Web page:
|       CRC for Message         |
   +---+---+---+---+---+---+---+---+
   /   Compressed message          /
   +---+---+---+---+---+---+---+---+















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   Format-4:

     0   1   2   3   4   5   6   7
   +---+---+---+---+---+---+---+---+
   | Header TYPE   | B | R | A | F | HT = CP: 1110 (CP-FLAG)
   +---+---+---+---+---+---+---+---+
   :(1) HT or Padding, 4 or 8 bits :
   /                               /
   :(2) Cumulative or Bit Mask ACK :
   :           4 or 12 bits        :
   /                               /
   :(3)   CRC for DD, 12 bits      :
   /                               /
   :(4)  CRC for message, 8 bits   :
   +---+---+---+---+---+---+---+---+
   /        Compressed message     /
   +---+---+---+---+---+---+---+---+

   Format-4, is used when the information described in section 5.4, has
   to be delivered. Format-4 is also used when the Bit Mask/List
   Acknowledgement is used (B-flag is set). Then the header has the same
   format as Format-1 and Format-2 except for the first octet and the
   Cumulative Acknowledgement is replaced in the header formats at place
   (2) with the Bit Mask/List Acknowledgement.

   The compressor and decompressor respectively can use Format-4, with
   the bits R or A set, without carrying any compressed message. If this
   is the case, the following first four bits after the first octet
   should be ignored as it is padding.


5.6. Reuse of Message IDentification number (MID)

   To avoid that wrong message is being acknowledged, which could happen
   if a MID is too early reused, there is a three way handshake that
   must be completed before a MID is reused. This handshake is described
   in the example of Figure 5.2.

            Entity A                            Entity B

               |------------ MID-1A -------------->|
               |                                   |
    Step (1)   |<----------- MID-1B, ACK-1A -------|
               |                                   |
    Step (2)   |------------ MID-2A, ACK-1B ------>|
               |                                   |
    Step (3)   |<----------- MID-2B, ACK-2A -------|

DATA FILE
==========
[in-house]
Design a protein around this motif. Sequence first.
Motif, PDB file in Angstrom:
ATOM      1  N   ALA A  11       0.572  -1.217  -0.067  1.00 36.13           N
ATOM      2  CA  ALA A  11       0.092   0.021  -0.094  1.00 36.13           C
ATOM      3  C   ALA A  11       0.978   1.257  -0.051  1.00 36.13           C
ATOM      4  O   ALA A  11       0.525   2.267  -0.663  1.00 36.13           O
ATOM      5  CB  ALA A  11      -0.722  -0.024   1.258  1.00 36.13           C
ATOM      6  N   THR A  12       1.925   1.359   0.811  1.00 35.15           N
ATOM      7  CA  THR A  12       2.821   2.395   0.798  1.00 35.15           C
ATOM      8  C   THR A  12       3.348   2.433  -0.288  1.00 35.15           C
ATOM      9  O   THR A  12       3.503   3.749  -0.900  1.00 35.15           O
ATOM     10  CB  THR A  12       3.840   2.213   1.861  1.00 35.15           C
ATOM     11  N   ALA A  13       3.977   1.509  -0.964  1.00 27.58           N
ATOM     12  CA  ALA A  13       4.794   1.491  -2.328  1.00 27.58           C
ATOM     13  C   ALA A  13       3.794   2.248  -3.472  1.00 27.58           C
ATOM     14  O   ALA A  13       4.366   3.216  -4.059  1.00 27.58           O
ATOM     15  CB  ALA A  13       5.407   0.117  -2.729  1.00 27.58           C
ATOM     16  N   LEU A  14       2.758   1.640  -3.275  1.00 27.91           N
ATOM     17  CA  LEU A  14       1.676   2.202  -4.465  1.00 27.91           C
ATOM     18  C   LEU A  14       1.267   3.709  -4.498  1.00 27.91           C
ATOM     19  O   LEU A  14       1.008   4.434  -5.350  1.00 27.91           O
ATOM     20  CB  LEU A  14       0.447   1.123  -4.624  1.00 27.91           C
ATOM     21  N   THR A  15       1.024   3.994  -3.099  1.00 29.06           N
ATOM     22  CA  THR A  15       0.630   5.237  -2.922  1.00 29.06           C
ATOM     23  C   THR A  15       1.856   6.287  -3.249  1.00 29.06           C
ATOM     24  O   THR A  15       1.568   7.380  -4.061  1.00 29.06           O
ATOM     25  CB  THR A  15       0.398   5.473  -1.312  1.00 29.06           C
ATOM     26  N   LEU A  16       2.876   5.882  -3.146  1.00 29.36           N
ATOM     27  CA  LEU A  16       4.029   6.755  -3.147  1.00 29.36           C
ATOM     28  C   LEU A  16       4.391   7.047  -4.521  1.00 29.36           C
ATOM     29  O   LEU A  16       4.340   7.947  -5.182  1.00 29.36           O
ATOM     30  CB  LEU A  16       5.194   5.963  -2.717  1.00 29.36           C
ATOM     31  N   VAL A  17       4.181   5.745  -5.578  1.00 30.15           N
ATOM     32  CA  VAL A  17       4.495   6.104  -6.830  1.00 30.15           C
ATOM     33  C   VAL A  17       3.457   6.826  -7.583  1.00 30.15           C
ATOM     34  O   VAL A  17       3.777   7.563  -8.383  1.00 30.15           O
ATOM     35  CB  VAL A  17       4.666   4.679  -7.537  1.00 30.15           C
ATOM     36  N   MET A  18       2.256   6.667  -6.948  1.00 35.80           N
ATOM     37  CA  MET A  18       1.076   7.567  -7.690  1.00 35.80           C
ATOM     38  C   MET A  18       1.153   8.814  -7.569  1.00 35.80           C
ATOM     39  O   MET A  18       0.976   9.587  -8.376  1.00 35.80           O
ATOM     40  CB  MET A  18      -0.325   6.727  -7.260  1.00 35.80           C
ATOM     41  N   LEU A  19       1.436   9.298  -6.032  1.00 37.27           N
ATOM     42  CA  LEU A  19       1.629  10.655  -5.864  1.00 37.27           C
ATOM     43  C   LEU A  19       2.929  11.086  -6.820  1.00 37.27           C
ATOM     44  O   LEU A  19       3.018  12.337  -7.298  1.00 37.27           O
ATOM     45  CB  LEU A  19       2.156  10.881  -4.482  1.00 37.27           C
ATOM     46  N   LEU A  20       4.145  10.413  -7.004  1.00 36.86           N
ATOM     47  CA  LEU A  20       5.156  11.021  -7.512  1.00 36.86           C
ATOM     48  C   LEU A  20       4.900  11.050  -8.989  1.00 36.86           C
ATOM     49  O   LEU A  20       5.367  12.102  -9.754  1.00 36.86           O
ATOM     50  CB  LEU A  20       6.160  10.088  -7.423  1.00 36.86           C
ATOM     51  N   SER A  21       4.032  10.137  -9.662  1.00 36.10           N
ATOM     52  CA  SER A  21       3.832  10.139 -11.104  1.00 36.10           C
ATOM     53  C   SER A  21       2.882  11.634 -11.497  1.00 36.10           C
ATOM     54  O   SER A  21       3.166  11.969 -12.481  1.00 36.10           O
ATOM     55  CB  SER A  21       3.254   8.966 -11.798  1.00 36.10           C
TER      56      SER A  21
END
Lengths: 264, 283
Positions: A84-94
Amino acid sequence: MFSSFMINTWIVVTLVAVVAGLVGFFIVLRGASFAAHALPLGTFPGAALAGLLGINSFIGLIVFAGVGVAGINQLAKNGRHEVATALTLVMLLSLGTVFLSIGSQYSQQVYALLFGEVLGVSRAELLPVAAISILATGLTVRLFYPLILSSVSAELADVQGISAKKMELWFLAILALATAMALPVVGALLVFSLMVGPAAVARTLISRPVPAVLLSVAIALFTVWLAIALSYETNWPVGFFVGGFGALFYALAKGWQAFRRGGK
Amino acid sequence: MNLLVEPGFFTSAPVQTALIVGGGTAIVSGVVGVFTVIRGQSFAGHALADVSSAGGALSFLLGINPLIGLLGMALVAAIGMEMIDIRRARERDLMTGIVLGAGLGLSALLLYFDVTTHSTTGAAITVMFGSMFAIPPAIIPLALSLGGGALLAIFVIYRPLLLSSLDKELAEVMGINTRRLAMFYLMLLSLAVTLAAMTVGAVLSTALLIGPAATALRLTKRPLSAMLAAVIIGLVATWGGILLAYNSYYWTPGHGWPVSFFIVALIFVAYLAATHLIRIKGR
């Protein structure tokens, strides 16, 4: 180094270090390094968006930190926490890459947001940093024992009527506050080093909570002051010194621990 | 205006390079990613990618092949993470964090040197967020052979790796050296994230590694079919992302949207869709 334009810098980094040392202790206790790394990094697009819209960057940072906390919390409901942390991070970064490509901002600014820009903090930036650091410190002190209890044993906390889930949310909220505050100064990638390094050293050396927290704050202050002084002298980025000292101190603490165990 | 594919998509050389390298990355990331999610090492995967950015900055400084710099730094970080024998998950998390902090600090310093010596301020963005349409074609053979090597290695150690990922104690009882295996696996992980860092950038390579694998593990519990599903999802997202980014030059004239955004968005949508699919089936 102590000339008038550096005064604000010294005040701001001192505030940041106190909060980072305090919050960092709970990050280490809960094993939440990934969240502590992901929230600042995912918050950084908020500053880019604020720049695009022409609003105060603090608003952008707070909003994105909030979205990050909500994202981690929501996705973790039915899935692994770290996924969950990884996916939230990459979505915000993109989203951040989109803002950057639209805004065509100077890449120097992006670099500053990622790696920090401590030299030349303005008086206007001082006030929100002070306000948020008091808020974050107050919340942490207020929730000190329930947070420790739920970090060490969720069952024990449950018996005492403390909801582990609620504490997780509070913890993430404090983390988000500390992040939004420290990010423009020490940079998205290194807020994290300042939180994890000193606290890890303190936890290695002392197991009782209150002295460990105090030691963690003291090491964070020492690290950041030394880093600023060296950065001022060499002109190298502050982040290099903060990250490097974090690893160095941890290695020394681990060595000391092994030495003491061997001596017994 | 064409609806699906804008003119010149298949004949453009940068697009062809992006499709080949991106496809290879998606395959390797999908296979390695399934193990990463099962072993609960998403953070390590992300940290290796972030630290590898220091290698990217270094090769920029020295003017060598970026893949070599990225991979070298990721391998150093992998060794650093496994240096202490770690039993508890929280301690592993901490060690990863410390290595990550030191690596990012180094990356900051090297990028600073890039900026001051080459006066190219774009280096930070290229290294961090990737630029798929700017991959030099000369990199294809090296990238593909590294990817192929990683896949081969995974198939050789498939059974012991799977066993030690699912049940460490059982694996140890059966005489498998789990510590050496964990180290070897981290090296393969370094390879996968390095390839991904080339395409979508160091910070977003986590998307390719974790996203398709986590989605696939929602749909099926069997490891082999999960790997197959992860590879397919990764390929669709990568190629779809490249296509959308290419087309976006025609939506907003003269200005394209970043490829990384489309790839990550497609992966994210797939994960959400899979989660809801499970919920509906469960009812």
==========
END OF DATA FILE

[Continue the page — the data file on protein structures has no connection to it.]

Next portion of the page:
|                                   |

           Figure 5.2. Three way handshake for MID reuse





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   Step (1):  The handshake starts with an acknowledgment that the
              message has been received, in this example, by Entity B

   Step (2):  The acknowledgement from Entity B is then implicitly
              acknowledged by, in this example, Entity A.

   Step (3):  At the reception of the acknowledgement from Entity B,
              the acknowledgement from Entity A is implicitly
              acknowledged, and MID-1A can be reused, i.e. a MID cannot
              be reused until it has stopped being acknowledged.

   Although, the example in Figure 5.2 shows a strict request/reply
   pattern, the design of ROGER is done so it can handle non-strict
   request/reply patterns.


5.7. Dictionary memory space

   There will be a limited physical memory space for the dynamic
   dictionary. This section describes two implementations. One with a
   sliding window for the DD and one were the DD is filled up to the
   physical limit, and is kept at that size.


5.7.1. Sliding window

   In the case when a sliding window is used for the DD, the parts of
   the DD that are shifted out must be saved so that reordered messages
   can be decompressed. Thus, when a compressed reordered message is in
   the interval, a temporary  dictionary, which the message was